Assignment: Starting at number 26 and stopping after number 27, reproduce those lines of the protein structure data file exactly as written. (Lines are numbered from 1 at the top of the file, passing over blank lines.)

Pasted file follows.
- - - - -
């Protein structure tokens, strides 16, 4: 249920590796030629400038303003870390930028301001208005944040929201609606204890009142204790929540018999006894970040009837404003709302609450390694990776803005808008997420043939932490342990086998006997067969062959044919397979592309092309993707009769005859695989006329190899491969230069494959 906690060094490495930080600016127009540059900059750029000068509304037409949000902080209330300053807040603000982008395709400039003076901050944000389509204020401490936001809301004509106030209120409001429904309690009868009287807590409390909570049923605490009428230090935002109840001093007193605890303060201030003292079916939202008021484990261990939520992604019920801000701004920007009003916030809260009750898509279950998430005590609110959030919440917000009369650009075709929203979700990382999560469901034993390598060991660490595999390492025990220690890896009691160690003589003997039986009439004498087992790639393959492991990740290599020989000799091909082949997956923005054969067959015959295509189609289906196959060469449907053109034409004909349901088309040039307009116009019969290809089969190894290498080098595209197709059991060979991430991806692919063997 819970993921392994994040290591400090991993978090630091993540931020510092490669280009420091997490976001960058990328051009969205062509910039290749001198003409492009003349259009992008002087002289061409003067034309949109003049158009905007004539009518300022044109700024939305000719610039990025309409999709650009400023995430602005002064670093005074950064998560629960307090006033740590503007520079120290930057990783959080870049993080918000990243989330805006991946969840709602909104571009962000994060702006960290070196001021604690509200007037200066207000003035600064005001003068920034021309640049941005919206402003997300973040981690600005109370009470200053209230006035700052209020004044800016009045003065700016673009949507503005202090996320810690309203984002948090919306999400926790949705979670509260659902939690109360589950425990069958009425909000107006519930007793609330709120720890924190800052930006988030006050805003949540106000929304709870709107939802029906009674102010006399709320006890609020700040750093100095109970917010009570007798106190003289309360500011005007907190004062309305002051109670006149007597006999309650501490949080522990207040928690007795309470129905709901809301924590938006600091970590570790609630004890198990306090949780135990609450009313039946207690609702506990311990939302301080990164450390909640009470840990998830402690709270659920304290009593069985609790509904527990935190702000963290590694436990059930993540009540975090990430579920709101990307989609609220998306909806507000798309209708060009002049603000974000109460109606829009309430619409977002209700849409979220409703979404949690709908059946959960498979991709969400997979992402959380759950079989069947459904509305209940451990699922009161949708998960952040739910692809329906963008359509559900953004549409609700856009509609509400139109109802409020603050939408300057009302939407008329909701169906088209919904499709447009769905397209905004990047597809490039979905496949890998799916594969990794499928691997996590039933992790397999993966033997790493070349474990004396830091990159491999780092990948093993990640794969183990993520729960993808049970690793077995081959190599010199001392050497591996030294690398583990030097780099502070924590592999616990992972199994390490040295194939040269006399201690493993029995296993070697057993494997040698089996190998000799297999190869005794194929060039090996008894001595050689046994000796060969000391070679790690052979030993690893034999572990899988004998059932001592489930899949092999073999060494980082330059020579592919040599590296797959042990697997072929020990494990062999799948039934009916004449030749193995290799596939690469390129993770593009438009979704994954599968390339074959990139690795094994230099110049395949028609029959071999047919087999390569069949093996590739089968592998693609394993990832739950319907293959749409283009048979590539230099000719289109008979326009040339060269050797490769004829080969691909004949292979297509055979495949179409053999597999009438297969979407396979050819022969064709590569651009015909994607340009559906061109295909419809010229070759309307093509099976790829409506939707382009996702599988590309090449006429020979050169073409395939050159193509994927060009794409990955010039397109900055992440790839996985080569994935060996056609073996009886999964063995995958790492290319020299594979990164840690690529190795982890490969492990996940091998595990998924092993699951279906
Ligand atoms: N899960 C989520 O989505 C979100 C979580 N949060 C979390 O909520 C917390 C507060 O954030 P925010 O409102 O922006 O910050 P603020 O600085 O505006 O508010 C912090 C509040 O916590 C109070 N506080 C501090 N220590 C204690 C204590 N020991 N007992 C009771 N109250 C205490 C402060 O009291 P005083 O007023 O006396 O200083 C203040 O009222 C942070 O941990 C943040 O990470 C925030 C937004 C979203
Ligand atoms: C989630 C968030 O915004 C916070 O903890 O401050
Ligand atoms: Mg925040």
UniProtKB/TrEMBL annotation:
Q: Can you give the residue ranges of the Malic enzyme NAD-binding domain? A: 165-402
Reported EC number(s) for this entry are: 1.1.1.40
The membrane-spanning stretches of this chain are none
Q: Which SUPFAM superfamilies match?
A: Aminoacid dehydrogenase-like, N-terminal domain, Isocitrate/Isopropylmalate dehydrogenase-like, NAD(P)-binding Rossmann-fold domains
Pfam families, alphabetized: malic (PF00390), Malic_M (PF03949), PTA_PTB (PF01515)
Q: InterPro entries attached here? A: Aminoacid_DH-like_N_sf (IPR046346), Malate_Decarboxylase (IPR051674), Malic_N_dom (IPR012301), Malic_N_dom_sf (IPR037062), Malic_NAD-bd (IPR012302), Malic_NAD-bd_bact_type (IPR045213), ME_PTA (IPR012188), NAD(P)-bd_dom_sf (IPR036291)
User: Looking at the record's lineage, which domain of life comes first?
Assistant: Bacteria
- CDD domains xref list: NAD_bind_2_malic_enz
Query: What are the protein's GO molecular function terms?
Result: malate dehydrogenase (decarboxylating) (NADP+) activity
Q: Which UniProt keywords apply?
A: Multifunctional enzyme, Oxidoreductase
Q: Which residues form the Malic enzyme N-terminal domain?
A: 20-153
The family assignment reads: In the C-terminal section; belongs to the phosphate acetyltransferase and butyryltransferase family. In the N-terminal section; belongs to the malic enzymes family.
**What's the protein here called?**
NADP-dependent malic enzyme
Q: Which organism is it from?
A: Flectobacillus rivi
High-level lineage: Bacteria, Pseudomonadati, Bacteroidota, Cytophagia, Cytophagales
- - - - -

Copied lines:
A: Flectobacillus rivi
High-level lineage: Bacteria, Pseudomonadati, Bacteroidota, Cytophagia, Cytophagales